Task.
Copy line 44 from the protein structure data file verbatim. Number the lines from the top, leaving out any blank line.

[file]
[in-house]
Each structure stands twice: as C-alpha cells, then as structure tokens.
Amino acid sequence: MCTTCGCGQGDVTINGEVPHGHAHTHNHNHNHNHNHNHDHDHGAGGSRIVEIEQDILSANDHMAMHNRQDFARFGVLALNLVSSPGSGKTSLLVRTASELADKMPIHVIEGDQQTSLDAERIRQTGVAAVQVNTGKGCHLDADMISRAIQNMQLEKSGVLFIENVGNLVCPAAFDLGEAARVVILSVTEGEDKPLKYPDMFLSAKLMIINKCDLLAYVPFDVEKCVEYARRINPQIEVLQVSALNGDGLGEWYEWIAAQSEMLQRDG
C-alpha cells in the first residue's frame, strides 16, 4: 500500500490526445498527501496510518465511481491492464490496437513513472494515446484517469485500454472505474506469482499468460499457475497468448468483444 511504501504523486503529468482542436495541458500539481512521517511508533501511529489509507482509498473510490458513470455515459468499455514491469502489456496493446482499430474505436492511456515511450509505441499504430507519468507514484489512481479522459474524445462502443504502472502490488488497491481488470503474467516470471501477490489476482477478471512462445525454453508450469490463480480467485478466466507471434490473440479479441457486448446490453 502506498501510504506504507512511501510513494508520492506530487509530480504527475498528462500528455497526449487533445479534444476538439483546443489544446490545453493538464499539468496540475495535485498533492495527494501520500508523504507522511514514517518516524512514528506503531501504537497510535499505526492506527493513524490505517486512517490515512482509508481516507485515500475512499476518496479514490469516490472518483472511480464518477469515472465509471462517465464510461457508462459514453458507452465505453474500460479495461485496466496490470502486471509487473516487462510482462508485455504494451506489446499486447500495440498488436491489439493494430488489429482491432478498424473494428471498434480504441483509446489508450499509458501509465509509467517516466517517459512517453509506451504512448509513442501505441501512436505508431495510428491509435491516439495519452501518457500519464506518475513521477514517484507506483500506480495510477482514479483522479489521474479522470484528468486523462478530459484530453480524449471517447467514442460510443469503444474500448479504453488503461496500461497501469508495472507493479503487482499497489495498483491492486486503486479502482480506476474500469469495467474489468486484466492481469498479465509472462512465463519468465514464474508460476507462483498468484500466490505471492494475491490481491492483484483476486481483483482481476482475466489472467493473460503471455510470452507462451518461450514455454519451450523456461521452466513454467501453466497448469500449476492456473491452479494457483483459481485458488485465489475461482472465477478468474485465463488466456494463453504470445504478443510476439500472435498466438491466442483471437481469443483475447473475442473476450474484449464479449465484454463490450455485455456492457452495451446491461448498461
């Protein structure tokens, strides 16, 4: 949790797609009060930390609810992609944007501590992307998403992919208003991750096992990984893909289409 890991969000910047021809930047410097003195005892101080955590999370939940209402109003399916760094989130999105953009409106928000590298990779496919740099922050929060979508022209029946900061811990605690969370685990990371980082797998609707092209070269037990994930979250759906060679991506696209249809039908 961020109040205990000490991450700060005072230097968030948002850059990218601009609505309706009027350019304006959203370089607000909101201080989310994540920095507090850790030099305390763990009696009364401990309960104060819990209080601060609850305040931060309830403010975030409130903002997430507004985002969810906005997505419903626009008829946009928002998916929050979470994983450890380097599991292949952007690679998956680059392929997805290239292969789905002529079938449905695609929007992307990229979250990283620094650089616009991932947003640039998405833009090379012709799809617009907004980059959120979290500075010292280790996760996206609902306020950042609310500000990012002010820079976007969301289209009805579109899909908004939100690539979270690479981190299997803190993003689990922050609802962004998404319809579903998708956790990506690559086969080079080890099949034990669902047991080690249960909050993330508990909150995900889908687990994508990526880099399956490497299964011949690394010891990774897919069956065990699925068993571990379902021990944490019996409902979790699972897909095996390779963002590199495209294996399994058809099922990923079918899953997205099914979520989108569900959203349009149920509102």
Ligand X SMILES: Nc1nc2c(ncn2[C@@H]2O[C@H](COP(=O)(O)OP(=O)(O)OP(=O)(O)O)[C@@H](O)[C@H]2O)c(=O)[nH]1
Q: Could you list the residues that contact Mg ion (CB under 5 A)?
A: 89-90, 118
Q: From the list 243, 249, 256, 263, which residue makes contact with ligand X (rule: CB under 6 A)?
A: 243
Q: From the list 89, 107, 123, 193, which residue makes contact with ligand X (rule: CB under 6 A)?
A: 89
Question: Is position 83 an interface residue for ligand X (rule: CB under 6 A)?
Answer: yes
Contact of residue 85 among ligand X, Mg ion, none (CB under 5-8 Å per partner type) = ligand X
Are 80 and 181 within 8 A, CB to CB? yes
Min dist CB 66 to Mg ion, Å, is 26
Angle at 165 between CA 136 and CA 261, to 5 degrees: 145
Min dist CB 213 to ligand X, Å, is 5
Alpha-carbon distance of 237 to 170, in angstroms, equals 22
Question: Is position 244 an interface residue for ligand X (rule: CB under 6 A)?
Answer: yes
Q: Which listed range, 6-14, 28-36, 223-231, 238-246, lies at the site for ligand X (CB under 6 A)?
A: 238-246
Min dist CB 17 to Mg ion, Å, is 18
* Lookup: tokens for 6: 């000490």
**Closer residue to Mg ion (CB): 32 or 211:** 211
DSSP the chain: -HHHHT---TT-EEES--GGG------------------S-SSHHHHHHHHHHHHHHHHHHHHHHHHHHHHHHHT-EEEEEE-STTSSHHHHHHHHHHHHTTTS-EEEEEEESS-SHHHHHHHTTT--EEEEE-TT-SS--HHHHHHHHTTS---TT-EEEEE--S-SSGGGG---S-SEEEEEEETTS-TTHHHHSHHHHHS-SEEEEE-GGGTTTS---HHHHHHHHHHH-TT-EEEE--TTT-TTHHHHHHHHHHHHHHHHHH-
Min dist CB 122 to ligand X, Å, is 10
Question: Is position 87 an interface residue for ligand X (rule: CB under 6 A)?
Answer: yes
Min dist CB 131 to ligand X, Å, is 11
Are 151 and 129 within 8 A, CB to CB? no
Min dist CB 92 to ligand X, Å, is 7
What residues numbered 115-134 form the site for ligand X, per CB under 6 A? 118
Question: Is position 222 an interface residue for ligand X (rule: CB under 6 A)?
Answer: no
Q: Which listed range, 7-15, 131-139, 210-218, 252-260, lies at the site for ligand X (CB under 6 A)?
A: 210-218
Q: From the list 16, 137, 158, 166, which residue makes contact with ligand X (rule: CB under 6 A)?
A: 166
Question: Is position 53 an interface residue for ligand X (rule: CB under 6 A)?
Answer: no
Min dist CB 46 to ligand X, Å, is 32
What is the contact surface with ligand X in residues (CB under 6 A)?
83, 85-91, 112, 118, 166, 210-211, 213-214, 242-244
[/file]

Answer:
Min dist CB 46 to ligand X, Å, is 32